EMG studies could not be carried out in all the patients (only seven out of 28 patients) as when the patient was clinically suspected of SMA, the deletion studies were done first, which often made the EMG redundant. Also, EMG studies are difficult in infants.

The role of NAIP gene in the pathogenesis of SMA is still not very clear. However, our study of 28 patients does indicate that NAIP gene can be a predictive marker of SMA prognosis as reported elsewhere.[10],[15],[17],[20],[21],[22] Several studies suggest that NAIP gene exerts effects on differentiation and survival of neuronal cells including the motor neurons.[17] Further studies will be necessary to clarify its exact functional role. On the other hand, SMN2 copy number has been well established as a modifying factor of clinical severity. A higher number of SMN2 copies are observed in type II or type III SMA patients, than in type I patients.[23],[24],[25] Hence, copy number of SMN2 gene compensates for the lack of SMN1 gene thereby influencing the severity of SMA.

Campbell et al reported the presence of NAIP gene and an increase of SMN2 copy number in type II or III patients.[24] Hence, they concluded that deletion of NAIP gene is often accompanied by a decrease in total copy number of SMN genes in type I SMA and the presence of NAIP gene by an increase of SMN2 copy number or retention of total copy number of SMN genes in type II or III patients.[24]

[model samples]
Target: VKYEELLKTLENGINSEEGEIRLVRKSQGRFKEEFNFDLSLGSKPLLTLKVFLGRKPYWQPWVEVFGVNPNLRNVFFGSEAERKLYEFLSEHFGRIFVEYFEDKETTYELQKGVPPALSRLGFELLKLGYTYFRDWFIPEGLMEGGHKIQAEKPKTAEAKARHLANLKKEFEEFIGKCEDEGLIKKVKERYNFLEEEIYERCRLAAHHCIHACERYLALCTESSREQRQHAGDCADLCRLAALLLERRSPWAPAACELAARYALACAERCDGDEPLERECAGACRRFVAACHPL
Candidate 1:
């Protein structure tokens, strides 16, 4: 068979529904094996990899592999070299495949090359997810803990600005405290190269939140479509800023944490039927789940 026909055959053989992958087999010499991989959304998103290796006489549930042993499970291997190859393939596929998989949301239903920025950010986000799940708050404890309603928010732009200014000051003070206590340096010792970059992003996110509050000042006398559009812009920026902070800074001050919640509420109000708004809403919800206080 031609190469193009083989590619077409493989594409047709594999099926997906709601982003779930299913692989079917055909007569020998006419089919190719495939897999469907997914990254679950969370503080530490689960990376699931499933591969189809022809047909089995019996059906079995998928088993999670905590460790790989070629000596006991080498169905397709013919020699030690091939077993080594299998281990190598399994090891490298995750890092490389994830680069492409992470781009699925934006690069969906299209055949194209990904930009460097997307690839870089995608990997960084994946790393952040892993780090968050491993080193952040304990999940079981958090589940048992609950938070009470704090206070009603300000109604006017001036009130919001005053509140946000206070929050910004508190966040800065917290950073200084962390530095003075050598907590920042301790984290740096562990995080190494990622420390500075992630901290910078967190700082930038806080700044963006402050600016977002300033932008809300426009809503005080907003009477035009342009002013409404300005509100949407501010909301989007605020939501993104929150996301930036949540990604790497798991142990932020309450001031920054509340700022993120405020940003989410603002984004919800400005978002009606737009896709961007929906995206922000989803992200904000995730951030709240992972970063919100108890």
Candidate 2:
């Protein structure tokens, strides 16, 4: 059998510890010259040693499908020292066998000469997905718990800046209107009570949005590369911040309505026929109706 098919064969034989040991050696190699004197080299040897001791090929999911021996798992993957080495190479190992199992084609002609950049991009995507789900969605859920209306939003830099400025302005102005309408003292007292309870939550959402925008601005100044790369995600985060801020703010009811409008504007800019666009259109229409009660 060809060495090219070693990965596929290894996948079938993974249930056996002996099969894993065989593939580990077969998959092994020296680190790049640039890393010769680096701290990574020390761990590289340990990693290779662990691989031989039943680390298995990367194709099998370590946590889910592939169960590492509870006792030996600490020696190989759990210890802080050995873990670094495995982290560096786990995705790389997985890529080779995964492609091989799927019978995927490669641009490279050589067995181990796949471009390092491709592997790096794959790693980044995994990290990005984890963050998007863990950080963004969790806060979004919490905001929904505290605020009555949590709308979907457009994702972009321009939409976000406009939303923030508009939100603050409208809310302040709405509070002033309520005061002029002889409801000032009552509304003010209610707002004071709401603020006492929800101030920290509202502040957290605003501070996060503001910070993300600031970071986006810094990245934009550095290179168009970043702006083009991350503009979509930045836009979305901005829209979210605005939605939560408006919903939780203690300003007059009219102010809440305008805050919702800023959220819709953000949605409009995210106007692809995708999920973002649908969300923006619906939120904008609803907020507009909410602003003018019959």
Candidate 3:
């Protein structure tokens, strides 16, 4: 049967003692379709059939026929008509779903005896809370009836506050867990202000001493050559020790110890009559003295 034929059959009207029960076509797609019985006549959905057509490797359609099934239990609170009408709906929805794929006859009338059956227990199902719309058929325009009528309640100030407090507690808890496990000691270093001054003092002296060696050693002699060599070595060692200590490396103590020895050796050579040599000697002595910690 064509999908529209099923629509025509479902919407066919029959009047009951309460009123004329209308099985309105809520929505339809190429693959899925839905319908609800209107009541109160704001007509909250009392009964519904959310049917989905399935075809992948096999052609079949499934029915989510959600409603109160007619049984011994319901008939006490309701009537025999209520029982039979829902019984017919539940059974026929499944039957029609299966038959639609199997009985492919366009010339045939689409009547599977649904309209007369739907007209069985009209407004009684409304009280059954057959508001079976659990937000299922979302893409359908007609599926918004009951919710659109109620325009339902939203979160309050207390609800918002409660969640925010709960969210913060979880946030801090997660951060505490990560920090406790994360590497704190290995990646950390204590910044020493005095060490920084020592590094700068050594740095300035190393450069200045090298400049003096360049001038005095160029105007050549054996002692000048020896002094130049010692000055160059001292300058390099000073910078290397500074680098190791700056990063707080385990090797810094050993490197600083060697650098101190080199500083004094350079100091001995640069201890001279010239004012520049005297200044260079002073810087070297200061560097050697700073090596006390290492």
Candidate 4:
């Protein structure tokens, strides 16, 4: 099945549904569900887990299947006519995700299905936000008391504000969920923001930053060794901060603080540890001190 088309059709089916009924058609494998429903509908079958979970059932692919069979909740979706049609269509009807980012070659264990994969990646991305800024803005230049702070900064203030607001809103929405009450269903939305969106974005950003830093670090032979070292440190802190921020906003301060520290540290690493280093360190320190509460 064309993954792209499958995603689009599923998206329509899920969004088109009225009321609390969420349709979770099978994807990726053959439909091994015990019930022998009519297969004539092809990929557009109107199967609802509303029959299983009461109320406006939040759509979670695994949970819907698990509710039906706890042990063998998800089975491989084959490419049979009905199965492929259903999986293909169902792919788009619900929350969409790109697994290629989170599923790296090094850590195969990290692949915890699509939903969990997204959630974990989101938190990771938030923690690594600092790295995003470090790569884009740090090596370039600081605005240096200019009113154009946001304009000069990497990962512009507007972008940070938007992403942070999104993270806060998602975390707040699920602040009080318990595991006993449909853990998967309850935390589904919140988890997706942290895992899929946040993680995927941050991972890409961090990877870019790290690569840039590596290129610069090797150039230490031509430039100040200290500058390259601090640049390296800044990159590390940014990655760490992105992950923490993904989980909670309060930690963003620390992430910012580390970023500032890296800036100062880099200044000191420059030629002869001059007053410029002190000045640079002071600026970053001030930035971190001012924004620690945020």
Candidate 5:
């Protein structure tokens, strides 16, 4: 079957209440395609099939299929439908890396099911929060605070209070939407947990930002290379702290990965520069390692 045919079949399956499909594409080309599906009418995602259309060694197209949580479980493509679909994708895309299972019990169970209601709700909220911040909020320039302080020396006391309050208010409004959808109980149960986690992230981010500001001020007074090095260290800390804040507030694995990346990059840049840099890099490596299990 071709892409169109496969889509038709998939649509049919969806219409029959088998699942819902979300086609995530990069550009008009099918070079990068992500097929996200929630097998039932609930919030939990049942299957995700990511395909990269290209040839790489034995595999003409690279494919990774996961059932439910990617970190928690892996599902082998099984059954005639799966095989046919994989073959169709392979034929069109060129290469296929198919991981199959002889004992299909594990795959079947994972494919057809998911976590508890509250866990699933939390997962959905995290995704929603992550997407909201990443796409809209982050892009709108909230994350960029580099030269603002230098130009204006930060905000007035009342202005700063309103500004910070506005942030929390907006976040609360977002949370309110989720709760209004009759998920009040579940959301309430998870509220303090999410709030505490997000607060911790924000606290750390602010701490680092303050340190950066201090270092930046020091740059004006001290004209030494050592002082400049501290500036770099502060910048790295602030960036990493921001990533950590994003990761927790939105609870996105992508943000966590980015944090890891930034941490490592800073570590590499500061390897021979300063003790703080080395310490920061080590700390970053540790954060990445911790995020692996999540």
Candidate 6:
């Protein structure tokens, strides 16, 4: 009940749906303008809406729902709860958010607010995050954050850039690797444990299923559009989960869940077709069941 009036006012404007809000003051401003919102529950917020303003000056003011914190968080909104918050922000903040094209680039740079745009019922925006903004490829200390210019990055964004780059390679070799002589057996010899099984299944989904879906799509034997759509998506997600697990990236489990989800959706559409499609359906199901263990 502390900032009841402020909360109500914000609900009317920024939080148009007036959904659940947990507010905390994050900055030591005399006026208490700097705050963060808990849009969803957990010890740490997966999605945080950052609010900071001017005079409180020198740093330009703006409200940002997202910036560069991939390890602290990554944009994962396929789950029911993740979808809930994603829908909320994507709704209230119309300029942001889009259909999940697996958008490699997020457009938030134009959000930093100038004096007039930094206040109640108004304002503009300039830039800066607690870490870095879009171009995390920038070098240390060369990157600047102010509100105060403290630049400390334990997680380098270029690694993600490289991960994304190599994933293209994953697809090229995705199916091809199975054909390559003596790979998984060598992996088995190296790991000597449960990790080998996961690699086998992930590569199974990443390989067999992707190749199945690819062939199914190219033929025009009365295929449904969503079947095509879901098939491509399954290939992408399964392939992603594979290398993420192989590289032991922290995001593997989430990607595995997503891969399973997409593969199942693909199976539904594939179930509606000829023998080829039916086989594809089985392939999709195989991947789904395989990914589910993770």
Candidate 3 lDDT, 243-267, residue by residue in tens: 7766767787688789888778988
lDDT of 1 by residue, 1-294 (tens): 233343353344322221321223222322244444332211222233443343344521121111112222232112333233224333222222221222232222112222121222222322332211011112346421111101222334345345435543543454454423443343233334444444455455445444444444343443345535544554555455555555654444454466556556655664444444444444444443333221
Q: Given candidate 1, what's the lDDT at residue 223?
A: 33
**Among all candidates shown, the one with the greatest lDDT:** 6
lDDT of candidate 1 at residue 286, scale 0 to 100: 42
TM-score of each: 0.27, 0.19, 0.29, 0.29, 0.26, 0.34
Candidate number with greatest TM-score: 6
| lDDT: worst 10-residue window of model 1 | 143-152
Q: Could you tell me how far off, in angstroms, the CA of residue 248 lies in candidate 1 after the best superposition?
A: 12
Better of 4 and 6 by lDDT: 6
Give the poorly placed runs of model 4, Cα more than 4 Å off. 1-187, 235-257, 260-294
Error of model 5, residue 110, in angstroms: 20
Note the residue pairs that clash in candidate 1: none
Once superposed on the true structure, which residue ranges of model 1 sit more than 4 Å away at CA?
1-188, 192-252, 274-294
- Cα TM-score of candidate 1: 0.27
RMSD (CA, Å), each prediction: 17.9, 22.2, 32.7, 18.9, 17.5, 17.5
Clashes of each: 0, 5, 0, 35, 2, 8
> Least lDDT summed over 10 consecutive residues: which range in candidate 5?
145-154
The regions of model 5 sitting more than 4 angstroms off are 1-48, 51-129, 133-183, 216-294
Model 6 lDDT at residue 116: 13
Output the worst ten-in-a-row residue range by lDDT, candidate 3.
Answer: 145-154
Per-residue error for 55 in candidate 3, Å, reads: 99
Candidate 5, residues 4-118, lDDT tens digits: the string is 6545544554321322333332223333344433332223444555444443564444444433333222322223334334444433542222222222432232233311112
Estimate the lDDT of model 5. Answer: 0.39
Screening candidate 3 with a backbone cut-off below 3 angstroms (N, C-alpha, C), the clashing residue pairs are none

The PCR based test used in this study is a rapid sensitive cost effective and spares the patient (mostly children) the need for invasive diagnostic procedure such as a muscle biopsy. DNA testing has become the primary investigation for confirmation of clinical diagnosis of SMA. The only limitations of this method are in about 5% of cases where no deletions are seen in a patient highly suggestive of SMA. In such cases, further studies on gene dosage analysis to determine the copy number of SMN1 gene can be done.[14] This analysis is also particularly applicable for prenatal diagnosis. As SMA is an autosomal recessive disorder, the recurrence risk is 25% in every pregnancy.[14]

PCR based assay for determining the presence or absence of SMN1 is not quantitative and therefore cannot identify SMA carriers, for which quantitative PCR is mandatory.[25],[26]

Comprehensive SMA testing including SMA deletion analysis, linkage analysis and SMA carrier testing offers the most complete evaluation of SMA patients and their families.